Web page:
-rwxr-xr-x 1 root root 1245 Jul 2 2014 ovm_vmhostd
-rwxr-xr-x 1 root root 1246 Jul 2 2014 ovm_vmmessage
-rwxr-xr-x 1 root root 2854 Jul 2 2014 vm-dump-metrics

 

I have an existing VM that is currently allowed to run on any vCPU on the server:

[root@ovm1 ~]# xm vcpu-list
Name ID VCPU CPU State Time(s) CPU Affinity
0004fb00000600000632b8de1db5a014 3 0 20 -b- 4012.8 any cpu
0004fb00000600000632b8de1db5a014 3 1 21 -b- 134.6 any cpu
Domain-0 0 0 0 -b- 64446.0 0
Domain-0 0 1 1 -b- 62820.1 1
Domain-0 0 2 2 -b- 16213.7 2
Domain-0 0 3 3 -b- 10426.0 3
Domain-0 0 4 4 -b- 2746.1 4
Domain-0 0 5 5 -b- 9499.3 5
Domain-0 0 6 6 -b- 5712.5 6
Domain-0 0 7 7 -b- 3960.2 7
Domain-0 0 8 8 -b- 2282.3 8
Domain-0 0 9 9 -b- 8541.0 9
Domain-0 0 10 10 -b- 4992.0 10
Domain-0 0 11 11 -b- 4334.6 11
Domain-0 0 12 12 -b- 2015.6 12
Domain-0 0 13 13 -b- 10404.4 13
Domain-0 0 14 14 -b- 5265.1 14
Domain-0 0 15 15 -b- 3546.7 15
Domain-0 0 16 16 -b- 2423.7 16
Domain-0 0 17 17 r-- 9983.8 17
Domain-0 0 18 18 -b- 6158.2 18
Domain-0 0 19 19 -b- 4536.8 19

 

Now let’s pin that VM to vcpu 8-11:

[root@ovmm ovm_util]# ./ovm_vmcontrol -u admin -p ******** -h localhost -v prod_db2 -c vcpuset -s 8-11
Oracle VM VM Control utility 2.0.1.
Connecting with a secure connection.
Connected.
Command : vcpuset
Pinning virtual CPUs
Pinning of virtual CPUs to physical threads '8-11' 'prod_db2' completed.

 

And here’s our proof that the pinning is applied immediately with no reboot:

[root@ovm1 ~]# xm vcpu-list
Name ID VCPU CPU State Time(s) CPU Affinity
0004fb00000600000632b8de1db5a014 3 0 10 -b- 4013.6 8-11
0004fb00000600000632b8de1db5a014 3 1 8 -b- 134.6 8-11
Domain-0 0 0 0 -b- 64454.8 0
Domain-0 0 1 1 -b- 62823.2 1
Domain-0 0 2 2 -b- 16215.2 2
Domain-0 0 3 3 -b- 10427.0 3
Domain-0 0 4 4 -b- 2746.3 4
Domain-0 0 5 5 r-- 9500.6 5
Domain-0 0 6 6 -b- 5713.6 6
Domain-0 0 7 7 -b- 3960.6 7
Domain-0 0 8 8 -b- 2282.5 8
Domain-0 0 9 9 -b- 8542.9 9
Domain-0 0 10 10 -b- 4992.8 10
Domain-0 0 11 11 -b- 4335.0 11
Domain-0 0 12 12 -b- 2015.8 12
Domain-0 0 13 13 -b- 10406.7 13
Domain-0 0 14 14 -b- 5266.4 14
Domain-0 0 15 15 -b- 3547.2 15
Domain-0 0 16 16 -b- 2424.2 16
Domain-0 0 17 17 -b- 9984.8 17
Domain-0 0 18 18 -b- 6159.6 18
Domain-0 0 19 19 -b- 4537.6 19

 

You’ll just have to take my word that I didn’t reboot the VM inbetween the steps- which should be validated by the time column for that VM (note that it increased a little, not reset to 0).

 

 

Well- happy hunting for now!

OVM CPU Pinning

shutterstock_90181546

 

Oracle has published a few documents (2240035.1 and 2213691.1 for starters) about CPU pinning in relation to hard partitions for VMs running on OVM.  This is to avoid having to license every core on the server (like you have to with VMware) for Oracle products that are licensed per core or per user.

 

I’m going to provide an excel spreadsheet at the end of this post that will help you visualize which VM is pinned to which CPU and if there is any overlap.  When a VM is not pinned to a given CPU, it is allowed to run on any cpu within the constraints of the Xen scheduler and where it wants the VM to run.  It will take into account things like NUMA and core boundaries to avoid scheduling a VM in a way that is inefficient.

 

You will need to modify this spreadsheet to fit your server configuration.  Use the information in the ovm-hardpart-168217 document to figure out what your systems CPU topology looks like.

 

A couple things to keep in mind:

  • You cannot live migrate a VM that is pinned.  Technically it will work and the VM will migrate. but Oracle does not allow this based on the terms of their hard partitioning license.  See attached document ovm-hardpart-168217 at the end of this post for more information.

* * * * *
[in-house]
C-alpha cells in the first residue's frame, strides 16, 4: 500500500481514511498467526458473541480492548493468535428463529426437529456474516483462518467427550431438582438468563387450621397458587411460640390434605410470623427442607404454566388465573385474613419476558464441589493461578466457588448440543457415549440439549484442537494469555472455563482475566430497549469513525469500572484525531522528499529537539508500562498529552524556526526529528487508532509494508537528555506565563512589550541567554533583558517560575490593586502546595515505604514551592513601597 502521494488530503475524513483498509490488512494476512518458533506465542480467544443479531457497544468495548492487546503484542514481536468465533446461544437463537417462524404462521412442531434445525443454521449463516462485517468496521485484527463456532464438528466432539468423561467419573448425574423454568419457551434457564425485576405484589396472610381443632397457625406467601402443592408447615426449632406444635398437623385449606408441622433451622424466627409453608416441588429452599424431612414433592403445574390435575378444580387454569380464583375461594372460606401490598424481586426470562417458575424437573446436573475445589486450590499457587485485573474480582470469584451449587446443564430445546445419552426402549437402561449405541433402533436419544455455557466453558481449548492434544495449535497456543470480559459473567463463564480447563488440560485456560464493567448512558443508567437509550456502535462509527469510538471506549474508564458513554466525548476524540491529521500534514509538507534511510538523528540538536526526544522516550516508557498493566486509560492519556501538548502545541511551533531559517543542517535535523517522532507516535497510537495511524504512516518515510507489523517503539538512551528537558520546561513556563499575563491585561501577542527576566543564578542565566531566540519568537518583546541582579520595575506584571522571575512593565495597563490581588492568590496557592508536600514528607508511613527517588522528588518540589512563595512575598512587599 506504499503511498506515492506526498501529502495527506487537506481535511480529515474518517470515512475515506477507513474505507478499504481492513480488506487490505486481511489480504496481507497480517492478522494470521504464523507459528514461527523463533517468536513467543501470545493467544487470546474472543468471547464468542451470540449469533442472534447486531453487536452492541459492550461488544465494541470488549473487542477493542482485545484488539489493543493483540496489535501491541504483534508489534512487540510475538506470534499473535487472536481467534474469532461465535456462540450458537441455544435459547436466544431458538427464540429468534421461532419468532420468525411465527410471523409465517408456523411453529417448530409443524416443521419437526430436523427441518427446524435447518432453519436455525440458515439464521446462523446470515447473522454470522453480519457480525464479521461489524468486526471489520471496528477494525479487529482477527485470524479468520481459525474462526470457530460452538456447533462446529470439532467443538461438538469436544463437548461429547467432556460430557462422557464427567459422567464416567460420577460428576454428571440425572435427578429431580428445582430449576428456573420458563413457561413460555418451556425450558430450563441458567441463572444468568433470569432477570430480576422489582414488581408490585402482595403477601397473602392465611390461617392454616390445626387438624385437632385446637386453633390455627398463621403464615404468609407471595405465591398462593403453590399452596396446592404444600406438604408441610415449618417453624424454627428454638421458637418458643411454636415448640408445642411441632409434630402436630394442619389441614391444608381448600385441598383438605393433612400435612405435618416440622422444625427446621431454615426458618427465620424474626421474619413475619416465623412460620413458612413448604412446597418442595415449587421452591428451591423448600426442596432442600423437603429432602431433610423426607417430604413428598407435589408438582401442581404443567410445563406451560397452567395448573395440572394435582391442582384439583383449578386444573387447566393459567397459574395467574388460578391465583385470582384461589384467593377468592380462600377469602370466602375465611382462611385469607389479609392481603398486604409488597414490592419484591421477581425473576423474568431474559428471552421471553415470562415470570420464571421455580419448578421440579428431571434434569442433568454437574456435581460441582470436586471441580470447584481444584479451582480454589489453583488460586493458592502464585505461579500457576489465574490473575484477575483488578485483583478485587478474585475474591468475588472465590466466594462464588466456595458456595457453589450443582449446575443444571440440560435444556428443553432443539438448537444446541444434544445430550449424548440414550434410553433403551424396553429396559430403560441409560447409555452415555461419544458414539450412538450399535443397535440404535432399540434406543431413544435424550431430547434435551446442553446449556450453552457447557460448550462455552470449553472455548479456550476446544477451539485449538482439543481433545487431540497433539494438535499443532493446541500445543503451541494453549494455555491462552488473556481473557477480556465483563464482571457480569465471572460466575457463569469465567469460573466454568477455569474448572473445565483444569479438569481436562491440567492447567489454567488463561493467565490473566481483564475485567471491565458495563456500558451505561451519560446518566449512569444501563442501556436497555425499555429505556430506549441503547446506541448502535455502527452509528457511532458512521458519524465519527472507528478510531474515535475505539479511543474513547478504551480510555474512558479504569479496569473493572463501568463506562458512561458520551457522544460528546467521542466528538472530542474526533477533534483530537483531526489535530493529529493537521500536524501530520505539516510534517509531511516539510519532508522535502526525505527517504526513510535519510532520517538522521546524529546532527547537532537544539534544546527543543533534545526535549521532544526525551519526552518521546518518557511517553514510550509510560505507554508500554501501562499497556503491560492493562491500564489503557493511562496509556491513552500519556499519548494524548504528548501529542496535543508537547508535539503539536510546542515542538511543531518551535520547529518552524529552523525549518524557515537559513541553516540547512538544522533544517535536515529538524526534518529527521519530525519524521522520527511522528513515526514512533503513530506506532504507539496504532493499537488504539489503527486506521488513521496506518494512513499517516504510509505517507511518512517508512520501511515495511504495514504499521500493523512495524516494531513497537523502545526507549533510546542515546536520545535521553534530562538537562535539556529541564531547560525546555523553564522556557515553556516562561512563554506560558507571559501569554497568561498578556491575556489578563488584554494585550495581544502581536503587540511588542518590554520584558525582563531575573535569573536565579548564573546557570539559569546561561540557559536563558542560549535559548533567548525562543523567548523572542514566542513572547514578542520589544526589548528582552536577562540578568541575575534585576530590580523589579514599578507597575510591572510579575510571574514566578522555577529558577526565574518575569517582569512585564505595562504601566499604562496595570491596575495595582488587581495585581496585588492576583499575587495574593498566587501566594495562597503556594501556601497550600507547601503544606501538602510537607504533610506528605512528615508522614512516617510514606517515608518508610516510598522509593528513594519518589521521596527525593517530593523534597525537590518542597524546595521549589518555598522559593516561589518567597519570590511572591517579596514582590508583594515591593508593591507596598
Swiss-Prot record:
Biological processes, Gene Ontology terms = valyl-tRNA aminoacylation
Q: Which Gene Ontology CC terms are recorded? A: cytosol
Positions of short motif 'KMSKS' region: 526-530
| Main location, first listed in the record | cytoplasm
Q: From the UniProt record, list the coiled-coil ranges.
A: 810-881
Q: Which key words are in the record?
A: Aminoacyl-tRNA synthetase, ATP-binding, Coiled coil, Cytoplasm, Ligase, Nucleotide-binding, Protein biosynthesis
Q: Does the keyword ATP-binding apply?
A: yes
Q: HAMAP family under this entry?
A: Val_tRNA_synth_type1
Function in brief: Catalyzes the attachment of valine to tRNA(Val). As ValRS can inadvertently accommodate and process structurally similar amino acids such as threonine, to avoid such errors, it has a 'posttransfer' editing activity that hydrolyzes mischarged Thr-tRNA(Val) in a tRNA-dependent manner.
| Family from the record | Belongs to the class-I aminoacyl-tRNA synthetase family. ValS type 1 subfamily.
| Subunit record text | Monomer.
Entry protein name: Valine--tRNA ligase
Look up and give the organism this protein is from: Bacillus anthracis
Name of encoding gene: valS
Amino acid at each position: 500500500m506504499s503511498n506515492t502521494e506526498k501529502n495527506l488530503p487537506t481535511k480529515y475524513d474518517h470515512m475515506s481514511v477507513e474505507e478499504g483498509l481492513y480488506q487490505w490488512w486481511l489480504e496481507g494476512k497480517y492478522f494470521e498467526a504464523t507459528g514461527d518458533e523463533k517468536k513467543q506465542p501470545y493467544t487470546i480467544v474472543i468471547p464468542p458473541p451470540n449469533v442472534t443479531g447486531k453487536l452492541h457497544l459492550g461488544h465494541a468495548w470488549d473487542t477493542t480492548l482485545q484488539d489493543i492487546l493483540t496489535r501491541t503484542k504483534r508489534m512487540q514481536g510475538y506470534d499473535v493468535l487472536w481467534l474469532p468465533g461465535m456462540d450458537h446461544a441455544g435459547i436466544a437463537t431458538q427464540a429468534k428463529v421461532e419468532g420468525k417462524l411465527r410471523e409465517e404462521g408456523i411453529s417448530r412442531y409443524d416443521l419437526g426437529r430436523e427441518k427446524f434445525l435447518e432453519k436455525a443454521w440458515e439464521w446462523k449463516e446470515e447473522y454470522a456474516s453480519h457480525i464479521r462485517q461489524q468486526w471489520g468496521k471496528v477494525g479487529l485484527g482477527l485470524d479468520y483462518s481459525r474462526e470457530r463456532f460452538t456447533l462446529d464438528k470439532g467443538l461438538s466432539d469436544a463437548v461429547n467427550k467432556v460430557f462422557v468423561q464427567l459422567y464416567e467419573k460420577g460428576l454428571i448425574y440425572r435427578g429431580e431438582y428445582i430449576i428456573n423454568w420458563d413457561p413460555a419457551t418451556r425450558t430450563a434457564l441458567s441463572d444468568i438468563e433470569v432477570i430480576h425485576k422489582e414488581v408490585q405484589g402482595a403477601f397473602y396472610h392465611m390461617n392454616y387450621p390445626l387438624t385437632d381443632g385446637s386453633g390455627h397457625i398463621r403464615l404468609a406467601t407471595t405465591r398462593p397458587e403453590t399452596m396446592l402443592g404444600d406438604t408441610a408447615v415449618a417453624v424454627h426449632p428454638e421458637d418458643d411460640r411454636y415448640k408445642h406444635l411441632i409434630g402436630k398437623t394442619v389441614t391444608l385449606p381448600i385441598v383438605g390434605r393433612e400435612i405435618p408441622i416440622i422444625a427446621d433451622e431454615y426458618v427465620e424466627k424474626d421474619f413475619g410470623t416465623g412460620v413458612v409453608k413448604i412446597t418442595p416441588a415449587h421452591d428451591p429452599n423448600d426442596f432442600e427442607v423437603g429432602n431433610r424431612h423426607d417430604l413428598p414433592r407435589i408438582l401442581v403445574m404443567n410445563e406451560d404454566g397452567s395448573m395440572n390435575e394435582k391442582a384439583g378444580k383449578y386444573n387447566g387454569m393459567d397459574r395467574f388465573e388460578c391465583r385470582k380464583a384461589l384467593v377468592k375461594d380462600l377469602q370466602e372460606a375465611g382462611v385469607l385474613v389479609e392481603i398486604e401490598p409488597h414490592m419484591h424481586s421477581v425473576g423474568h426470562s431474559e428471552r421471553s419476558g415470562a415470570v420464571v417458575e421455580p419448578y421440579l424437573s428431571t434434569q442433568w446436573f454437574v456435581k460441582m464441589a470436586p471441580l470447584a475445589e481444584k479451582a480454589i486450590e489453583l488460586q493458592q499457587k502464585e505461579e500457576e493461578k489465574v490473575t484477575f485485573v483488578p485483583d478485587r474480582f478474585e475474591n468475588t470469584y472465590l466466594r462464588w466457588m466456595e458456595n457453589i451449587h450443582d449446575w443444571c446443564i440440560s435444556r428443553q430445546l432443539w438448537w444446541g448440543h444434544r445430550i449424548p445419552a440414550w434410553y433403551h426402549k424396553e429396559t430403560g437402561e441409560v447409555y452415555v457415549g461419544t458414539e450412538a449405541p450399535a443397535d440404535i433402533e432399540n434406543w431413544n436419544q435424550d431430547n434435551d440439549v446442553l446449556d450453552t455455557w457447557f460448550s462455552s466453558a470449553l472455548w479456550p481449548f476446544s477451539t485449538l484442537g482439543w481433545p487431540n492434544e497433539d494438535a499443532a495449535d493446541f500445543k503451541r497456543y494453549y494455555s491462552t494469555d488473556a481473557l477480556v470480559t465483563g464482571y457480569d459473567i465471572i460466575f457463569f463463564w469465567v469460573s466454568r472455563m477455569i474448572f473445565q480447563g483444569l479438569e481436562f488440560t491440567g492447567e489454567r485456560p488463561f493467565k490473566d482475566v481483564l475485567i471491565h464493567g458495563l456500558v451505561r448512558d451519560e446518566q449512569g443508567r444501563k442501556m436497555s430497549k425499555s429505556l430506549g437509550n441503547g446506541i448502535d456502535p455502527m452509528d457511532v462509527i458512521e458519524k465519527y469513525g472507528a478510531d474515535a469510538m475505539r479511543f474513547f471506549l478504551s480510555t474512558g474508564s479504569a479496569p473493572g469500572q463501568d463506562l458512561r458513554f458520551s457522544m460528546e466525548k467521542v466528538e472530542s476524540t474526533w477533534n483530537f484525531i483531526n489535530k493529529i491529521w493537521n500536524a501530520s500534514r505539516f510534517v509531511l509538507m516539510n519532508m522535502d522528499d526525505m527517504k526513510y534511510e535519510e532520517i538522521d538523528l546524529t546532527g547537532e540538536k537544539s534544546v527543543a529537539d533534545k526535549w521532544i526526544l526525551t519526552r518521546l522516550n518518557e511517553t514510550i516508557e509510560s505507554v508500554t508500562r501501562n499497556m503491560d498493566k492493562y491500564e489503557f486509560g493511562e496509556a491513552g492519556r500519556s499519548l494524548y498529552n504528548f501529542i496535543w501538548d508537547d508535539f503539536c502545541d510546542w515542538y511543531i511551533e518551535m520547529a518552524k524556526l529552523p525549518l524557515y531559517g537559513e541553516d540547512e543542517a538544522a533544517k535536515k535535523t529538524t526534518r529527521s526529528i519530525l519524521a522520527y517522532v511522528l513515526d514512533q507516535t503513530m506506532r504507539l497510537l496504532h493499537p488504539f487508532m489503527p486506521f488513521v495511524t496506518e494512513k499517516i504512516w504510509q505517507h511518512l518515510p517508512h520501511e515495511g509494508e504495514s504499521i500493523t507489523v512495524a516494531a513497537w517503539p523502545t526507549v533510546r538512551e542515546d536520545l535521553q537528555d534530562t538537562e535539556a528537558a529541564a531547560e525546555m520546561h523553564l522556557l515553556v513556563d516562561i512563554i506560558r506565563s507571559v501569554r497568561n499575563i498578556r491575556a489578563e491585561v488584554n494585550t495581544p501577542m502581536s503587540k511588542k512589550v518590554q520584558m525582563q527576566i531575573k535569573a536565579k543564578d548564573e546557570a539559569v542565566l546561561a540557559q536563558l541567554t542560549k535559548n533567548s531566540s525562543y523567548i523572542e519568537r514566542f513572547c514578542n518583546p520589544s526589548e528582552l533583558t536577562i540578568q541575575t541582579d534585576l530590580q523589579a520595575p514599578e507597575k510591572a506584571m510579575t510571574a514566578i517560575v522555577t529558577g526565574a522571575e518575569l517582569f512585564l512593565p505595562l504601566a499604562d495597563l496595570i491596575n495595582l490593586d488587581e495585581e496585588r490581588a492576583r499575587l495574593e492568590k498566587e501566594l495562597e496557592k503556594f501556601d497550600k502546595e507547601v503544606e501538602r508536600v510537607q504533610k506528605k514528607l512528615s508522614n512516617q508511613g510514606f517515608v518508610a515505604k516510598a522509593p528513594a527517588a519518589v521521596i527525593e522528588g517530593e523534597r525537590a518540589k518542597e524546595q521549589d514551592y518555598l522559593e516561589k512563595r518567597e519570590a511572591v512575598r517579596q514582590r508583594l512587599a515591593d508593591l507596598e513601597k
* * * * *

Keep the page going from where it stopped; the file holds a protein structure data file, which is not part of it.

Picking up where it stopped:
• When you pin a VM to a vCPU or range of vCPUs, that VM can only run on those vCPUs.  However, if you have other VMs that are not pinned, they can run on any vCPU on the system- including the ones that you just pinned your production database to!  If you have a combination of pinned and unpinned VMs, pin all the other VMs to the range of vCPUs that you want to lock them to.  This way, they can’t run on any vCPUs that you’ve already pinned VMs to.
  • Remember that DOM0 has to be scheduled to run just like the other resources.  Based on how big your system is, OVM will run DOM0 on the first few vCPUs.  This shouldn’t be a problem unless your DOM0 is extremely busy doing work such as processing I/O for the VMs that are running and handling interrupts.  In this case, if you have VMs that are pinned to the same vCPUs as DOM0 you might have some performance problems.  I’ve outlined where DOM0 runs by default on the size system in the example.
  • Realize that you can pin more than one VM to a vCPU.  I wouldn’t recommend this for obvious performance reasons but it’s possible to do.  This is where the spreadsheet comes in handy.
  • If you’re installing the ovm utilities which provides ovm_vmcontrol, you may need to enable remote connections first.  If you get an error message stating that there is an error connecting to localhost, perform the steps below.  You have to pay attention to the version of the ovm utilites that you install.  The readme will show you which of the three (currently) versions to install based on the version of OVM you’re running.
  • Below are the steps to enable remote connections (this was taken from Douglas Hawthorne’s blog here).  Note that the steps below should be performed as the root user, not oracle:
[root@melbourne ~]# cd /u01/app/oracle/ovm-manager-3/bin
[root@melbourne bin]# ./secureOvmmTcpGenKeyStore.sh
Generate OVMM TCP over SSH key store by following steps:
Enter keystore password:
Re-enter new password:
What is your first and last name?
 [Unknown]: OVM
What is the name of your organizational unit?
 [Unknown]: melbourne
What is the name of your organization?
 [Unknown]: YAOCM
What is the name of your City or Locality?
 [Unknown]: Melbourne